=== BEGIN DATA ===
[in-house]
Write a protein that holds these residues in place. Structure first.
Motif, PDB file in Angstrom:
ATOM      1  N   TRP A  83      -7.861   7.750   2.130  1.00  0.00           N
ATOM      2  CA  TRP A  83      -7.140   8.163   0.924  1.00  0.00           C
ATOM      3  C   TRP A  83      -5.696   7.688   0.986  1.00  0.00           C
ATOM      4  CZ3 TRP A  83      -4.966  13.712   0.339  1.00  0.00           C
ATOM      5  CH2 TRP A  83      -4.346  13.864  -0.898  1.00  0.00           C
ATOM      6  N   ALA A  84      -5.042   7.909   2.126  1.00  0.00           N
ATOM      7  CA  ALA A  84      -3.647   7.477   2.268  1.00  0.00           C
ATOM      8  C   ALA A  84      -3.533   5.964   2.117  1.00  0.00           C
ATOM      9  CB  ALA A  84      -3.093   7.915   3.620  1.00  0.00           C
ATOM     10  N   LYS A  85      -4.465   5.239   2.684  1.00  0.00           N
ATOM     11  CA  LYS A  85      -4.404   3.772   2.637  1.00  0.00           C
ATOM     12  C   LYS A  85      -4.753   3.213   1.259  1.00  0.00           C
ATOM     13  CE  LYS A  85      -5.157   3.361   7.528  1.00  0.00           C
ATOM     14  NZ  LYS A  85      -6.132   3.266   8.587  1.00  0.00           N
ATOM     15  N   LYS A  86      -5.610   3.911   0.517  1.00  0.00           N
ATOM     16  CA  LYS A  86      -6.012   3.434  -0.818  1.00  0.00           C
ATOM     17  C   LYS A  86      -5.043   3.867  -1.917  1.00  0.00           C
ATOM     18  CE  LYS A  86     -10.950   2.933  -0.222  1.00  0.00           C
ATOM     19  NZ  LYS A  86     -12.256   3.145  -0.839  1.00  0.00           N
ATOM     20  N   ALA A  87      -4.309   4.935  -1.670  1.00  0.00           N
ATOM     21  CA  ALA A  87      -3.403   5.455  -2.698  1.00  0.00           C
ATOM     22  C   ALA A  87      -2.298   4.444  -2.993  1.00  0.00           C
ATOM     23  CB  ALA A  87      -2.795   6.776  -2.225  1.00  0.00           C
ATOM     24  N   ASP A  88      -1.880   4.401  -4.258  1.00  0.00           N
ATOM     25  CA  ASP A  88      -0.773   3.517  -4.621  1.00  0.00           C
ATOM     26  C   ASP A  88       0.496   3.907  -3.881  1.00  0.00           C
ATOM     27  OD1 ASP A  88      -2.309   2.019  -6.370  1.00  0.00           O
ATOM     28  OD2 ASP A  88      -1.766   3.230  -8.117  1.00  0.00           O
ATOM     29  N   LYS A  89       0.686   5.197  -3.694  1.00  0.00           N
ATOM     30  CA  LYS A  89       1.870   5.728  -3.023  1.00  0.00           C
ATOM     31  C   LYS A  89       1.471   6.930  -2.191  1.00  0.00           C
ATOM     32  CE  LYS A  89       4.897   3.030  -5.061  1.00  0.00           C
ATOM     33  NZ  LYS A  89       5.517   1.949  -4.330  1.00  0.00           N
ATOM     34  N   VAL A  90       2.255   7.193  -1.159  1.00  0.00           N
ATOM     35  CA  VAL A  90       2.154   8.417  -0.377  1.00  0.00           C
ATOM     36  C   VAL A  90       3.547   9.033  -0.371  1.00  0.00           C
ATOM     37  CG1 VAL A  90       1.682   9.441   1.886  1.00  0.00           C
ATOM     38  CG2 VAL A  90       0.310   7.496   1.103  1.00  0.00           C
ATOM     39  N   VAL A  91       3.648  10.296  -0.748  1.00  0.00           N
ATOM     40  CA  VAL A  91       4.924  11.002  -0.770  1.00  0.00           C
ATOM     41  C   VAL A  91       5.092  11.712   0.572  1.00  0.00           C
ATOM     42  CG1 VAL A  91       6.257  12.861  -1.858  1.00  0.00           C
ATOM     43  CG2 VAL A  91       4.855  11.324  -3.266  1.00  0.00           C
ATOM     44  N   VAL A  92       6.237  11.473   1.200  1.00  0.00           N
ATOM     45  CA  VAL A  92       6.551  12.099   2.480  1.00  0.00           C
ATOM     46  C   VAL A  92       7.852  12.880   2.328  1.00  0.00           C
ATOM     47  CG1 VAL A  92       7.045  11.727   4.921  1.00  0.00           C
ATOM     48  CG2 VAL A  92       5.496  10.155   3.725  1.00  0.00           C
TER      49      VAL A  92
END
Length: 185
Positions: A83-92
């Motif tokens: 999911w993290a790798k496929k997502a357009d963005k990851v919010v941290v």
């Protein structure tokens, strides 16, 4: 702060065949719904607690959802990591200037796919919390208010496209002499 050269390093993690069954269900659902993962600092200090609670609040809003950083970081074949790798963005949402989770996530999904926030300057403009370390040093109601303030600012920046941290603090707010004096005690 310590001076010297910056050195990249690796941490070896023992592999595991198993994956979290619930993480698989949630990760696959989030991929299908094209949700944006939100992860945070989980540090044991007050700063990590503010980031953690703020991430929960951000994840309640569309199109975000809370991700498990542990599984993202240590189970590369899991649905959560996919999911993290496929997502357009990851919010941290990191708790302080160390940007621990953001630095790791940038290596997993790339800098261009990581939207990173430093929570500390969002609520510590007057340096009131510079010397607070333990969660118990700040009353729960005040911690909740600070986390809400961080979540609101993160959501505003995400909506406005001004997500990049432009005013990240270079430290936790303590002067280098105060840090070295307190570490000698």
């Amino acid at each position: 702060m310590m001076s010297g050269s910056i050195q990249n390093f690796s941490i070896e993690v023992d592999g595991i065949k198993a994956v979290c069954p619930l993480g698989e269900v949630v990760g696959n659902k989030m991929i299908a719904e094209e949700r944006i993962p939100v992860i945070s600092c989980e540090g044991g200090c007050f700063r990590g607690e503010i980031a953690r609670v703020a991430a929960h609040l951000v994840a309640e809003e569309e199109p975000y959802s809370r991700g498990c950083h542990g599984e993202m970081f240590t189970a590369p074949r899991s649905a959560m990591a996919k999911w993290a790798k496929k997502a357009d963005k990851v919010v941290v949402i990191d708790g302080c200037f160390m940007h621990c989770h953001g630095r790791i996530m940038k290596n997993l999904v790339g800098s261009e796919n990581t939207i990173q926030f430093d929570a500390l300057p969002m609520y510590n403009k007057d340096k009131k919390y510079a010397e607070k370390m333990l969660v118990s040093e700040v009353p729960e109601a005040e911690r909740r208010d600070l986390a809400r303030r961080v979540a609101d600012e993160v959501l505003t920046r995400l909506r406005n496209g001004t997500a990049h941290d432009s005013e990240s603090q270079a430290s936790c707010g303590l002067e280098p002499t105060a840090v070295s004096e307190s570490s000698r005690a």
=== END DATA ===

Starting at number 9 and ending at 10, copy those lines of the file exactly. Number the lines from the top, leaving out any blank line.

ATOM      6  N   ALA A  84      -5.042   7.909   2.126  1.00  0.00           N
ATOM      7  CA  ALA A  84      -3.647   7.477   2.268  1.00  0.00           C